Minnesota Gov. Mark Dayton signed a bill into law that will require carbon monoxide detection systems on certain recreational boats.
As of May 1, 2017, such a system will be mandatory on any boat that has an enclosed accommodation compartment. Additionally, no new boat with such a compartment can be offered for sale after that date in Minnesota unless it is equipped with a CO detection system.
The National Marine Manufacturers Association said the definition of enclosed accommodation compartment in the new law aligns with the standards of the American Boat and Yacht Council: a contiguous enclosed space surrounded by a boat structure that has designated sleeping accommodations, a galley area with a sink, and a head.
The NMMA also said the new law’s definition of a CO detection system is in line with the ABYC standard. Ron Sarver, deputy executive director of the National Association of State Boating Law Administrators, said he believes Minnesota is the first state in the country to require CO detectors on boats.
ABYC president John Adey said the new law is “a knee-jerk reaction to a very bad accident,” but he was pleased with the way the bill developed and with the cooperation the ABYC received from Minnesota lawmakers, including state Sen. Melisa Franzen, sponsor of the Senate version.
“She was terrific,” Adey said. “She was open to everything we had to say.”
Adey said Minnesota lawmakers were not previously aware that the ABYC had developed equipment and installation standards for CO detectors on boats.
Minnesota’s new requirements were known as “Sophia’s Law” as a standalone bill. The CO detector provisions passed as part of a much larger state appropriations and policy measure.
Sophia Baechler was 7 when she died of carbon monoxide poisoning during a family outing on Lake Minnetonka last October.
The Minneapolis Star Tribune said at the time that there was a hole in the exhaust pipe in the boat’s cabin, where Sophia was resting. The Hennepin County Sheriff’s Office told the newspaper that the hole was beneath the mattress area in the lower cabin area and probably was caused by animals that chewed through the pipe.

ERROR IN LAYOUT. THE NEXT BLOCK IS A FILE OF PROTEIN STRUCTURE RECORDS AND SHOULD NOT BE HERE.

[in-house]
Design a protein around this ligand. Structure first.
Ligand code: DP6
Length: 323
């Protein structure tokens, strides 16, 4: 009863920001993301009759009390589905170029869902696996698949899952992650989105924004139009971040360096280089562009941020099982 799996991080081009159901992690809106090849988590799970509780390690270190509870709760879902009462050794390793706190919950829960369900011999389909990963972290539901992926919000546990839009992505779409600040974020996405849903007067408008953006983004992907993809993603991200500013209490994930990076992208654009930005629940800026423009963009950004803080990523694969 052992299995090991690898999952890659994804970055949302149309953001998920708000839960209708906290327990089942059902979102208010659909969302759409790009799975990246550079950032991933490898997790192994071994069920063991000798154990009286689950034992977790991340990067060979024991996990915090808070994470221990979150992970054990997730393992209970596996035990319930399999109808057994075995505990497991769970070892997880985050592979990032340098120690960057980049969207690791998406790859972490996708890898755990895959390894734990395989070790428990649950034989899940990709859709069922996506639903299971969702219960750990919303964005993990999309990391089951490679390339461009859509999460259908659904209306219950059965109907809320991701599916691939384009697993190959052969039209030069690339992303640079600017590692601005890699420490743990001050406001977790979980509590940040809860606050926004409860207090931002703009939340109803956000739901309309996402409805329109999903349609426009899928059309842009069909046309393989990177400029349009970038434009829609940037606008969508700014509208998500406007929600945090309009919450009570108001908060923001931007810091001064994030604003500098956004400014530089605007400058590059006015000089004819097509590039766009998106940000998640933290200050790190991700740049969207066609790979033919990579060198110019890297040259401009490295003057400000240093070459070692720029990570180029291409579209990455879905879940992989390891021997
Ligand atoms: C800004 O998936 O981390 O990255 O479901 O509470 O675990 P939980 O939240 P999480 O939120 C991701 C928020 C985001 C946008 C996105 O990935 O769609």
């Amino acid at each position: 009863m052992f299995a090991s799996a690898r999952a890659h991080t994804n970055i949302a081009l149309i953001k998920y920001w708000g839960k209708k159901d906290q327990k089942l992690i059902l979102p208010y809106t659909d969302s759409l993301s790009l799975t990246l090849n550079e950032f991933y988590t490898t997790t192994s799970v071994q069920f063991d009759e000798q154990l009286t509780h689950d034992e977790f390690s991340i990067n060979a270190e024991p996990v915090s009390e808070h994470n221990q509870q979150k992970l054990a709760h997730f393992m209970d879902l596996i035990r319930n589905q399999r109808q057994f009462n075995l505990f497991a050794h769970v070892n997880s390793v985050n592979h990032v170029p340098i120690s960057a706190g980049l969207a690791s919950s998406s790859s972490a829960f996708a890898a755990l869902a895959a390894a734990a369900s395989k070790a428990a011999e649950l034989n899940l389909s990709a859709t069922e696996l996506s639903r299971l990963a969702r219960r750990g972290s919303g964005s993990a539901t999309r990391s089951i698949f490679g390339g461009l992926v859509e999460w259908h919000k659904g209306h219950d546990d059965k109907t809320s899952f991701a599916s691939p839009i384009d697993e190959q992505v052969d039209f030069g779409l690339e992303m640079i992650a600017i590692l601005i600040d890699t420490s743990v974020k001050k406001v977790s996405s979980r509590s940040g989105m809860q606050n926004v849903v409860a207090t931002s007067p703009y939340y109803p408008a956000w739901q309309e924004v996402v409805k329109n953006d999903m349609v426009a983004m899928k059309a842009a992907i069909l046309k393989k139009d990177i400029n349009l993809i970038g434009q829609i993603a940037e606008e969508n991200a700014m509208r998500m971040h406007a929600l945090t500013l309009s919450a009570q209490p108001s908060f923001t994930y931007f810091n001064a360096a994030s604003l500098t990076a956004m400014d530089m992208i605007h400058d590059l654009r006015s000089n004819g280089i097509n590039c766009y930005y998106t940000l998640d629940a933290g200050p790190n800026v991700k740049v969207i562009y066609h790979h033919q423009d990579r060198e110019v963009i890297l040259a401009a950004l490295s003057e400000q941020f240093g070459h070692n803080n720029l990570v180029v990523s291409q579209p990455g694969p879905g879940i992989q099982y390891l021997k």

The newspaper said CO poisoning fatalities from a boat had occurred only twice in Minnesota during the previous eight years. Toxic and odorless, the gas can build up because of an idling motor, a generator or a faulty exhaust system.
“Carbon monoxide poisoning is a silent killer that can be deadly within minutes," Franzen said when the Senate passed the bill. "While carbon monoxide detectors are common in homes, many people may not think to have them on their boats — a risk that can lead to tragic accidents."
The NMMA said the bill also requires CO poisoning warning stickers on all boats 19 feet and longer in the aft reboarding area, the galley and the steering station for all new or used motorboats that are gas-powered.
The state Department of Natural Resources will mail the stickers to boaters during the registration process.
Dealers will be required to ensure that warning labels are affixed to boats before sales are completed.
The law also will require that all state-sponsored boating safety courses and all safety courses that require state approval provide information about the dangers of being overcome by carbon monoxide poisoning on a boat and how to prevent it.